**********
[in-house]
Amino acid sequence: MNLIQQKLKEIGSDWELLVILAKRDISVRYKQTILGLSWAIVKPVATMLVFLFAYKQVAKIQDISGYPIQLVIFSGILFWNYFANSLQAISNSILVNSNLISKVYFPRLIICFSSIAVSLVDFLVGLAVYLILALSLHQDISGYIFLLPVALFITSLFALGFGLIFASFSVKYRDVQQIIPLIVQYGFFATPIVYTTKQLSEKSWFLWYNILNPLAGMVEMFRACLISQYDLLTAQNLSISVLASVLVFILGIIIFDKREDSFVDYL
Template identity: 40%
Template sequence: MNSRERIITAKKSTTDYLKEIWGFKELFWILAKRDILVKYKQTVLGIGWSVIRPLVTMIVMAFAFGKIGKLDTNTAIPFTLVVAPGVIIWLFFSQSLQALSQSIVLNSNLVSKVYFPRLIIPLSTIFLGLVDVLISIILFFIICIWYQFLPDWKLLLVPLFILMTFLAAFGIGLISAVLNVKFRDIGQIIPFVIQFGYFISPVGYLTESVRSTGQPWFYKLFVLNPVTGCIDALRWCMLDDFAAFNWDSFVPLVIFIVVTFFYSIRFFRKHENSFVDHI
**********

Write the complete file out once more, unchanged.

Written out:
[in-house]
Amino acid sequence: MNLIQQKLKEIGSDWELLVILAKRDISVRYKQTILGLSWAIVKPVATMLVFLFAYKQVAKIQDISGYPIQLVIFSGILFWNYFANSLQAISNSILVNSNLISKVYFPRLIICFSSIAVSLVDFLVGLAVYLILALSLHQDISGYIFLLPVALFITSLFALGFGLIFASFSVKYRDVQQIIPLIVQYGFFATPIVYTTKQLSEKSWFLWYNILNPLAGMVEMFRACLISQYDLLTAQNLSISVLASVLVFILGIIIFDKREDSFVDYL
Template identity: 40%
Template sequence: MNSRERIITAKKSTTDYLKEIWGFKELFWILAKRDILVKYKQTVLGIGWSVIRPLVTMIVMAFAFGKIGKLDTNTAIPFTLVVAPGVIIWLFFSQSLQALSQSIVLNSNLVSKVYFPRLIIPLSTIFLGLVDVLISIILFFIICIWYQFLPDWKLLLVPLFILMTFLAAFGIGLISAVLNVKFRDIGQIIPFVIQFGYFISPVGYLTESVRSTGQPWFYKLFVLNPVTGCIDALRWCMLDDFAAFNWDSFVPLVIFIVVTFFYSIRFFRKHENSFVDHI